Time for beast mode: California must go all-in on building high-speed rail and better transit

California’s high-speed line from San Francisco to Los Angeles is the biggest public-works project now underway in America. Its payoffs will be felt in every corner of the state and every sector of the California economy. It’s the foundation for a sustainable future—not only in California but across the U.S. It’s a paradigm-shattering project that will put the state at the cutting edge of a global shift toward sustainable transportation systems.

It could do and be all of these things—but only if California fully commits to it. And that depends on the California Legislature, as details of next year’s state budget are negotiated over the coming weeks. It also depends on us, as advocates for high-speed rail.

The stakes couldn’t be higher. California prides itself on being the nation’s leader in innovation and forward-thinking sustainability projects. This is its moment of truth. An all-in commitment by the State Legislature would create a tipping point for HSR in the U.S. But for that to happen, the legislature must move beyond its current half-in approach, which leaves high-speed rail always on the knife’s edge.

Right now, for example, the project is at a crossroads as it appears the California Assembly and Gov. Gavin Newsom (D) differ over how to use $4.2 billion in voter-approved funds. That money is the remaining tranche from the $9 billion approved in a 2008 referendum authorizing the California High Speed Rail Authority to begin building the system.

Newsom wants the Legislature to appropriate the money to complete the first, 171-mile segment of line, currently under construction in the Central Valley. Two key members of the Assembly—Speaker Anthony Rendon (D) and Assembly Transportation Chair Laura Friedman (D)—support the project’s broad goals, which will deliver a single-seat ride from San Francisco to LA in 2 hours, 40 minutes. But they have frequently said they want to divert money to projects in the Los Angeles area, where their districts are located. “This strict adherence to the current project is not really what we’re interested in,” Rendon recently said.

Here are three crucial points to keep in mind.

1. This project is still very popular. Californians believe in it and want the state to build the full, San Francisco-to-Los Angeles line. Fifty-six percent of registered voters in California supported it in a poll from April conducted by UC Berkeley and the L.A. Times. The question specified that the segment in the Central Valley would be built first, and that trains would begin running in 2030.

2. It’s popular because it meets an urgent and obvious need. As a former U.S. Transportation Secretary, Ray LaHood (R), wrote last week, a “failure to move toward completion of the project would invite the dystopia that California’s most vociferous critics love to conjure: massive traffic gridlock, clogged airports, thickly polluted skies. Killing high-speed rail would put the clean, responsible growth of the world’s fifth-largest economy out of reach.”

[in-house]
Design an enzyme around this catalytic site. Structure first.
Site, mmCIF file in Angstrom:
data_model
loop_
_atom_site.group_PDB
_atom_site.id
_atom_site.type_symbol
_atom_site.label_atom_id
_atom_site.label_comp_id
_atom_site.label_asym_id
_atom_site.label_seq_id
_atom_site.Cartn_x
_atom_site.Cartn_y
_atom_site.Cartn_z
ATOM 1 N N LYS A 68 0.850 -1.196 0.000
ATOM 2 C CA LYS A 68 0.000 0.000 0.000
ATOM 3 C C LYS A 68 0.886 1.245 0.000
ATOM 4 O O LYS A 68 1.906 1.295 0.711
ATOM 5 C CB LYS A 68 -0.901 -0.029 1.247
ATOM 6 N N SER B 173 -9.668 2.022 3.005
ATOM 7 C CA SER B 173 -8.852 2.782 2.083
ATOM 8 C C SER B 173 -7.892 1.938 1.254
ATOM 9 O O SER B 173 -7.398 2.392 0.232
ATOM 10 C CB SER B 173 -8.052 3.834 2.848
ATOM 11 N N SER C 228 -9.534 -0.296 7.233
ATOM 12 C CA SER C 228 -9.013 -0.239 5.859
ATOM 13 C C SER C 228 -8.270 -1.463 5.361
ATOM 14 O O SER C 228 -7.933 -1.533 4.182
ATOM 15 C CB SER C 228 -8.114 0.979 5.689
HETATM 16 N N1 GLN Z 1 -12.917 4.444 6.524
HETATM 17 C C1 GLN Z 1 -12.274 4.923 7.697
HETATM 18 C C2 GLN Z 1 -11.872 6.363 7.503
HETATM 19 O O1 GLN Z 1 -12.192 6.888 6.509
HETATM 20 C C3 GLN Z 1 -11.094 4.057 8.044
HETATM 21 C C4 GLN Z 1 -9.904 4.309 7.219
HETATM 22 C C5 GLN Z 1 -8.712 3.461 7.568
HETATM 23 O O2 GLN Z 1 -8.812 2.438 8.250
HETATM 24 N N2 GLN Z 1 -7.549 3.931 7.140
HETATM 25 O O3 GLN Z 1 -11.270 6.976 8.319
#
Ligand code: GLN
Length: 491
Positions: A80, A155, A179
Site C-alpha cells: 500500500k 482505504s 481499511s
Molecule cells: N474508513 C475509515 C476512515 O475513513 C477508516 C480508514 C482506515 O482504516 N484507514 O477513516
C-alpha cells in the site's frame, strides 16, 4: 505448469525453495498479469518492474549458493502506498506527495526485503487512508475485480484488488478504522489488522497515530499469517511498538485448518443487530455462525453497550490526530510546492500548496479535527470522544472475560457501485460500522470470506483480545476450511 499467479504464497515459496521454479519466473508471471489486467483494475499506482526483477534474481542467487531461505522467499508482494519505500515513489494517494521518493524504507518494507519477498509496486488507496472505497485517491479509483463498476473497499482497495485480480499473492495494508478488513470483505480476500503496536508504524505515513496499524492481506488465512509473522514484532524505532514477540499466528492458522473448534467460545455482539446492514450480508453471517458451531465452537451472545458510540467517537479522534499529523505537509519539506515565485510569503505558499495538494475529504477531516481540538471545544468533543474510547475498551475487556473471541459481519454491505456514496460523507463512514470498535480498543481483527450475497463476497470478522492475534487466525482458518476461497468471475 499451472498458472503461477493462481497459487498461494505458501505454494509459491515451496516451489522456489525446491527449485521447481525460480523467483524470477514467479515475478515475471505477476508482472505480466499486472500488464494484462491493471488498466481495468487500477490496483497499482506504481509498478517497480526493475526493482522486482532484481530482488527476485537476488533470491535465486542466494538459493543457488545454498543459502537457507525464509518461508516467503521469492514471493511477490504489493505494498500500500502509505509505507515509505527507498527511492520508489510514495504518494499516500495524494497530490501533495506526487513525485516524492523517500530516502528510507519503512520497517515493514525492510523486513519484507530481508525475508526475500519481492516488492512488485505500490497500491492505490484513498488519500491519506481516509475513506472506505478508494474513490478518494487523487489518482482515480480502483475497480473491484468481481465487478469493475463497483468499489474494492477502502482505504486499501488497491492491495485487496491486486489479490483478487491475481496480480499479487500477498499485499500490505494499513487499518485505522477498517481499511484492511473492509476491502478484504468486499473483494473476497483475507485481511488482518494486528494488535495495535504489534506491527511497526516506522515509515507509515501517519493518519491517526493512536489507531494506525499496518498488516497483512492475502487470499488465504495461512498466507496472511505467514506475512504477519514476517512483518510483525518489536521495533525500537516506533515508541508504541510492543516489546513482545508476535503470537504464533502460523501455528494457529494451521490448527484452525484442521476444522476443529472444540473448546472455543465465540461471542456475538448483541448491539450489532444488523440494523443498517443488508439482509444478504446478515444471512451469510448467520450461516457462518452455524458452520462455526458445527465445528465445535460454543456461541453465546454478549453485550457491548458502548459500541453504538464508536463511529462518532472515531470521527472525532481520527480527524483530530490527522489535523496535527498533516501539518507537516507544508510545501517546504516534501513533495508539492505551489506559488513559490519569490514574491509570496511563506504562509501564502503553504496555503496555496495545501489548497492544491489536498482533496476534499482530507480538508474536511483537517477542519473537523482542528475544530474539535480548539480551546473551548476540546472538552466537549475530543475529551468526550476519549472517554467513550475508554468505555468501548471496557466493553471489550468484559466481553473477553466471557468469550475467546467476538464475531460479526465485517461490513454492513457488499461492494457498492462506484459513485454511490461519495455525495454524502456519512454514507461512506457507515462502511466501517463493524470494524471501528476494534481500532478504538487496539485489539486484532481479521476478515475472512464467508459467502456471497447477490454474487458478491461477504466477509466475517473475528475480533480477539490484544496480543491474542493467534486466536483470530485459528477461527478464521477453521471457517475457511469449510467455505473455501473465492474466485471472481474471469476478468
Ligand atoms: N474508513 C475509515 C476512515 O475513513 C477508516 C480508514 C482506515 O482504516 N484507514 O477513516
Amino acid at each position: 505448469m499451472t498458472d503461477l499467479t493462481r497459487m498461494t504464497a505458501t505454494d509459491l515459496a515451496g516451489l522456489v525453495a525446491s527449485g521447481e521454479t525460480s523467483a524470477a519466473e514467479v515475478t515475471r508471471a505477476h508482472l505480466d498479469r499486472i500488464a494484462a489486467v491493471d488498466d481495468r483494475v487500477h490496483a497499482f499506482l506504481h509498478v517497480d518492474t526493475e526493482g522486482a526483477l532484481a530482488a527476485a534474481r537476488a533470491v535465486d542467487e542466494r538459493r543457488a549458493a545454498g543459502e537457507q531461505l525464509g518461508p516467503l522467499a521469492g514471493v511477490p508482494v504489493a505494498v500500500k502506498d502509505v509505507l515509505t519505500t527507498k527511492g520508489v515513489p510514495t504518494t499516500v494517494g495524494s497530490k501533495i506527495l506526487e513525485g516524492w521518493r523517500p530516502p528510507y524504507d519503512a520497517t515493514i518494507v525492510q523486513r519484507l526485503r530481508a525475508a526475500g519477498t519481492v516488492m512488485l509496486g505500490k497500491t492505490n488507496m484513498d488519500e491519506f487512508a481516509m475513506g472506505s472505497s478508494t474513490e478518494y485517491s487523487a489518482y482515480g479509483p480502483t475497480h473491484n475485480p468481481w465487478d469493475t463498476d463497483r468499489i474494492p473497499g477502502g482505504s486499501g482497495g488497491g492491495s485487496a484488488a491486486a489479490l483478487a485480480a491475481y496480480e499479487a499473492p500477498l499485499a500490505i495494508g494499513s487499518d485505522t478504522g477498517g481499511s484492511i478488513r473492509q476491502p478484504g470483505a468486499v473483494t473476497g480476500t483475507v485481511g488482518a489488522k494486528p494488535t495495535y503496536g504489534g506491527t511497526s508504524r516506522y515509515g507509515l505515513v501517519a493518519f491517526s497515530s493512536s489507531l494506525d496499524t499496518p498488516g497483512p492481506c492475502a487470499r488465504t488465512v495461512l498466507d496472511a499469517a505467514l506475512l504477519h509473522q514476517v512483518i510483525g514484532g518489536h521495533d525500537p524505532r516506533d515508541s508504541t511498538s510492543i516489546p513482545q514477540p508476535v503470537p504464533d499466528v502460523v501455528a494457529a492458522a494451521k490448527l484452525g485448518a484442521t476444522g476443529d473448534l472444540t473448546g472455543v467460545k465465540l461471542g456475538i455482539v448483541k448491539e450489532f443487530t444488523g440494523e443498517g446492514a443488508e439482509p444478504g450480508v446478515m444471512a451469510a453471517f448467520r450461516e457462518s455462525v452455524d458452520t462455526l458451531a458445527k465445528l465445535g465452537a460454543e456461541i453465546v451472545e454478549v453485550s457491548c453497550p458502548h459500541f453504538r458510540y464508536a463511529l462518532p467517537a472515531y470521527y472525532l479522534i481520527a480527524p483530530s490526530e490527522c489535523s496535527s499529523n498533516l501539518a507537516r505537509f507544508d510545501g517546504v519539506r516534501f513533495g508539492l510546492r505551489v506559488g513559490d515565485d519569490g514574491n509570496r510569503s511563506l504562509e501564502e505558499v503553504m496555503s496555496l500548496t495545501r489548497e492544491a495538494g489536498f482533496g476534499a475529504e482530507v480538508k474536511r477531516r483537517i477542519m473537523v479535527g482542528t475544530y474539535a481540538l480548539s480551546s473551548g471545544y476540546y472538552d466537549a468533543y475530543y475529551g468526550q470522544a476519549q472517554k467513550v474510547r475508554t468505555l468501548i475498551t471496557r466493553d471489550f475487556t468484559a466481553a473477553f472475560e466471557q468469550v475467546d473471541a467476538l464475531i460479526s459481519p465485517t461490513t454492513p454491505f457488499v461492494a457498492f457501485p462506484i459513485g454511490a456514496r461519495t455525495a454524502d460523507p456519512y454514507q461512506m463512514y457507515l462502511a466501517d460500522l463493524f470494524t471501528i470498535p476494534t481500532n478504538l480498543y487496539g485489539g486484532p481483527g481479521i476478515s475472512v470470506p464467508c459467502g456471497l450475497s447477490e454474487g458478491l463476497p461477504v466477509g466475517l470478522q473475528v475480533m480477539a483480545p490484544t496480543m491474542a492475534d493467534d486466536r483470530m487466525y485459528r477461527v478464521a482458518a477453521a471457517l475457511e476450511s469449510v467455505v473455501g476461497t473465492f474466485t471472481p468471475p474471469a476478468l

The alternative to HSR is to keep pouring money into the same old road-building death trap. To cite just one recent and relevant example: A 12-mile expansion of I-5, north of L.A., came in more than five years behind schedule and tens of millions of dollars (at minimum) over its $1.3 billion budget. That’s for just 12 miles of expanded highway—with benefits limited mainly to commuters in Los Angeles. But even the benefits are dubious, since building more lanes almost always brings more gridlock and more fatalities.

3. It’s time for an all-in approach. With a budget surplus in California approaching $100 billion, the Assembly’s framing—HSR versus better local transit—makes no sense. The state has resources to invest in both. We agree that those local projects are important. California High-Speed Rail has long argued that as the backbone of a comprehensive rail network, they’re key to the economic vitality of the Bay Area and LA regions. And we have always been strong champions of great transit systems in general, because they generate demand for great HSR, and vice versa. Which creates a virtuous cycle of ever-improving options.

Imagine if the Legislature embraced that truth. Imagine if the globe’s fifth-largest economy went to beast mode and invested heavily in both local transit and electrified HSR. Imagine if California built a twenty-first century transportation system—i.e., one that’s sustainable, easily accessible to everyone, and a powerful driver of expanded access to jobs, opportunities, and housing.

The effects would transform transportation across America.

Let’s help make that happen. If you live in California, please sign our petition here. Even better: note the phone numbers of your representatives and call them. Talking to a staff member is guaranteed to have the biggest impact. And if you live outside of California, please take a moment to share this with people you know in the state.

Let elected officials know: It’s time for California to put its money where its mouth is when it comes to sustainability and innovation. It’s time for an all-in approach that shows America what a twenty-first century transportation system can, should—and must—be.

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